Thursday , August 14, 2014 - 5:46 PM
FARMINGTON — A hush fell over the crowd of spectators, who recently had been cheering, after an awful accident occurred. It led to one man’s death during a demolition derby at the Davis County Fair on Wednesday night.
Bren Ewing, 41, of Hooper was a member of the safety staff overseeing the event, according to the Davis County Sheriff’s Office.
One of the participating vehicles reportedly rolled over after being hit, according to a release from authorities. Ewing ran over to the disabled vehicle to check on the driver; however, the car shifted weight and rolled on top of him.
Emergency responders were able to free Ewing from beneath the vehicle and prepare him to be flown to McKay-Dee Hospital. He died at the hospital.
Sue Huber, a spectator at the derby said everyone was aghast at what had just unfolded.
“There were thousands of people and they all just gasped,” she said of what transpired after the accident. “He was just trying to help someone out.”
Huber said a large number of people gathered around the car to flip it over and off of Ewing.
County Commissioner John Petroff Jr., who has been responsible for the county fair demolition derby for the past six years, said this is the worst accident he has seen at the fair.
“I don’t remember anything serious, not even a broken arm,” Petroff said. “Those cars are beefed up. The drivers put cages inside to keep them safe and secure. I’ve never known anyone to get hurt before. My biggest worry has been what if a car catches on fire, but they don’t even carry large amounts of fuel.”
Petroff said it was an unfortunate accident, and his thoughts and sympathy go to Ewing’s family.
Dale Trease, a promoter for the event and 30-year demolition derby veteran, witnessed the incident, which he said was a terrible accident.
“Safety is important. No one comes out expecting to get hurt or to hurt someone else,” Trease told the Standard-Examiner, pointing out that paramedics and safety officials were all around the event, ready to help.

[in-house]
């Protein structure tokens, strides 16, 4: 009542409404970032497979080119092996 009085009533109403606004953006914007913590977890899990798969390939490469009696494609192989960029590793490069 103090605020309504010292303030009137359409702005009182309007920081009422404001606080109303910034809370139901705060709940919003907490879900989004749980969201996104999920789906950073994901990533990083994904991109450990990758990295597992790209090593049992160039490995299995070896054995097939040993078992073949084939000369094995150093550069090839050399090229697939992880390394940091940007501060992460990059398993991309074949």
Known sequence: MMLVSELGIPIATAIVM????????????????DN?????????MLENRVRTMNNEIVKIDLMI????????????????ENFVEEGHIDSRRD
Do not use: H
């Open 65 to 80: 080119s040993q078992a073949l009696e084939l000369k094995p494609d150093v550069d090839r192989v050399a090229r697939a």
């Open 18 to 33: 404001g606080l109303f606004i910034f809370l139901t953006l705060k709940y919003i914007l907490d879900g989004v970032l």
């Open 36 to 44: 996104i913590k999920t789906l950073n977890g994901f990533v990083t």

Trease said no one could have predicted what happened to Ewing, who he said put himself in harm’s way to help a fellow derby driver who he thought was in danger.
“There’s no way you could go out of this life in any greater glory than when trying to help your fellow man,” he said.
Trease knew Ewing as a strong enthusiast of the sport, with many friends who cared for him.
“It’s a sport with a certain amount of risk, like any other,” he said.
Ewing’s family released a statement regarding the death of their beloved husband and father.
“He was a gentle, kind, generous and very forgiving man who has spent the past 15 years participating in demolition derbies across the country. He was loved by all those who knew him.”
Ewing is survived by his wife, Danyel, six children, one grandchild and one grandchild expected to be born by the end of the month.
“The accident was a tragic incident. The family is asking the media and the public to respect their privacy and give them time to grieve.”
Intrepid Motorsports, the company that organized the derby, declined to comment Thursday morning. The Roy-based company coordinates several local demolition derbies, including the ones at the Weber County Fair and the Utah State Fair.
An investigation into the accident is ongoing.
This is the second fatality at a demolition derby in Utah this year. In early July at a Millard County derby, 50-year-old Robert Steele, of Nephi, was killed when a vehicle was launched over the safety berm and hit him. He was also a safety official for the event.
At the Weber County Fair on Saturday, a bystander suffered a leg injury after a derby car crashed into a barrier.
Donations to the Ewing family are being accepted at American First Credit Union (Account #9068321) and on the GoFundMe.com Bren Ewing Memorial Fund website.
Contact reporter Andreas Rivera at 801-625-4227 or email@example.com. Follow him on Twitter at @SE_Andreas.
Reporters Morgan Briesmaster, Loretta Park and Cimaron Neugebauer contributed to this article.
Sign up for e-mail news updates.